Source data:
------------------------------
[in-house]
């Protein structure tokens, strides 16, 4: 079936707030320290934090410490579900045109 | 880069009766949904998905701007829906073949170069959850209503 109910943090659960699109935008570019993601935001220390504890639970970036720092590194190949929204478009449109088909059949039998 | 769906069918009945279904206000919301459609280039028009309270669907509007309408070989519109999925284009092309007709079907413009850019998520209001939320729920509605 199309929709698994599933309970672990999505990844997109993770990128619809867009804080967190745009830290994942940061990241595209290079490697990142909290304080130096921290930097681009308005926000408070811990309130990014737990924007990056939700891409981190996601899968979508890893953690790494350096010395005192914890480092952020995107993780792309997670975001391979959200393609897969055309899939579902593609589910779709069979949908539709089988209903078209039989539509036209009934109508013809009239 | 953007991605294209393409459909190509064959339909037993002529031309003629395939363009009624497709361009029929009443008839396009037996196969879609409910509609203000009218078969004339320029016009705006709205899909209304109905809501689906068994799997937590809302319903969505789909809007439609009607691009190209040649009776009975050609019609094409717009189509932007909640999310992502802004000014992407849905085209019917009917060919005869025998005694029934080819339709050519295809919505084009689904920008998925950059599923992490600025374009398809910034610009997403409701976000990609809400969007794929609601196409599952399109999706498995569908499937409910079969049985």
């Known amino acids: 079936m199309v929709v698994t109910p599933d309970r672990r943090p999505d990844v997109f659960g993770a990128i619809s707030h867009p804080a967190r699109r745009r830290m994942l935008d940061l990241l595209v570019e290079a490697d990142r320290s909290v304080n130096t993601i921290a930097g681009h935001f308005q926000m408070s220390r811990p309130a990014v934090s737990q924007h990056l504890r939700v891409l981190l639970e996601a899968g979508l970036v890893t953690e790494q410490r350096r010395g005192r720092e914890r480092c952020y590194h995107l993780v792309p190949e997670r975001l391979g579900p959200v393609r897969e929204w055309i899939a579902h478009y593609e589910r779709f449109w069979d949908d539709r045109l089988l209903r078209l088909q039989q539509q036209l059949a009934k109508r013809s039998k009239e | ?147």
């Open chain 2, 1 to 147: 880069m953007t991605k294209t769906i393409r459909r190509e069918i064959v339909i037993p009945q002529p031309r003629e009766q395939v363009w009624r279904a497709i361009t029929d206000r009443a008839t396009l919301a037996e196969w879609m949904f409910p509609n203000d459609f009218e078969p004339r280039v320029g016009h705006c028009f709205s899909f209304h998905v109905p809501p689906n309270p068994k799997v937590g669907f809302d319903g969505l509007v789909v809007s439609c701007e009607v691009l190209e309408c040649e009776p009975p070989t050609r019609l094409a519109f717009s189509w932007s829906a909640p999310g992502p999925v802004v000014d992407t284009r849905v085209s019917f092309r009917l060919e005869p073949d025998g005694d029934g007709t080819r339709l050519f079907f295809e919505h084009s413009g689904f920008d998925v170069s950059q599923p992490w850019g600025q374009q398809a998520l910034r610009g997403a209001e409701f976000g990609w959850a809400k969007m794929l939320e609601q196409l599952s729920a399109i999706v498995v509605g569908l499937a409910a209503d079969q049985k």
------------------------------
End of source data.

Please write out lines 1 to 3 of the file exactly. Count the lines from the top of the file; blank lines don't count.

[in-house]
């Protein structure tokens, strides 16, 4: 079936707030320290934090410490579900045109 | 880069009766949904998905701007829906073949170069959850209503 109910943090659960699109935008570019993601935001220390504890639970970036720092590194190949929204478009449109088909059949039998 | 769906069918009945279904206000919301459609280039028009309270669907509007309408070989519109999925284009092309007709079907413009850019998520209001939320729920509605 199309929709698994599933309970672990999505990844997109993770990128619809867009804080967190745009830290994942940061990241595209290079490697990142909290304080130096921290930097681009308005926000408070811990309130990014737990924007990056939700891409981190996601899968979508890893953690790494350096010395005192914890480092952020995107993780792309997670975001391979959200393609897969055309899939579902593609589910779709069979949908539709089988209903078209039989539509036209009934109508013809009239 | 953007991605294209393409459909190509064959339909037993002529031309003629395939363009009624497709361009029929009443008839396009037996196969879609409910509609203000009218078969004339320029016009705006709205899909209304109905809501689906068994799997937590809302319903969505789909809007439609009607691009190209040649009776009975050609019609094409717009189509932007909640999310992502802004000014992407849905085209019917009917060919005869025998005694029934080819339709050519295809919505084009689904920008998925950059599923992490600025374009398809910034610009997403409701976000990609809400969007794929609601196409599952399109999706498995569908499937409910079969049985």
């Known amino acids: 079936m199309v929709v698994t109910p599933d309970r672990r943090p999505d990844v997109f659960g993770a990128i619809s707030h867009p804080a967190r699109r745009r830290m994942l935008d940061l990241l595209v570019e290079a490697d990142r320290s909290v304080n130096t993601i921290a930097g681009h935001f308005q926000m408070s220390r811990p309130a990014v934090s737990q924007h990056l504890r939700v891409l981190l639970e996601a899968g979508l970036v890893t953690e790494q410490r350096r010395g005192r720092e914890r480092c952020y590194h995107l993780v792309p190949e997670r975001l391979g579900p959200v393609r897969e929204w055309i899939a579902h478009y593609e589910r779709f449109w069979d949908d539709r045109l089988l209903r078209l088909q039989q539509q036209l059949a009934k109508r013809s039998k009239e | ?147």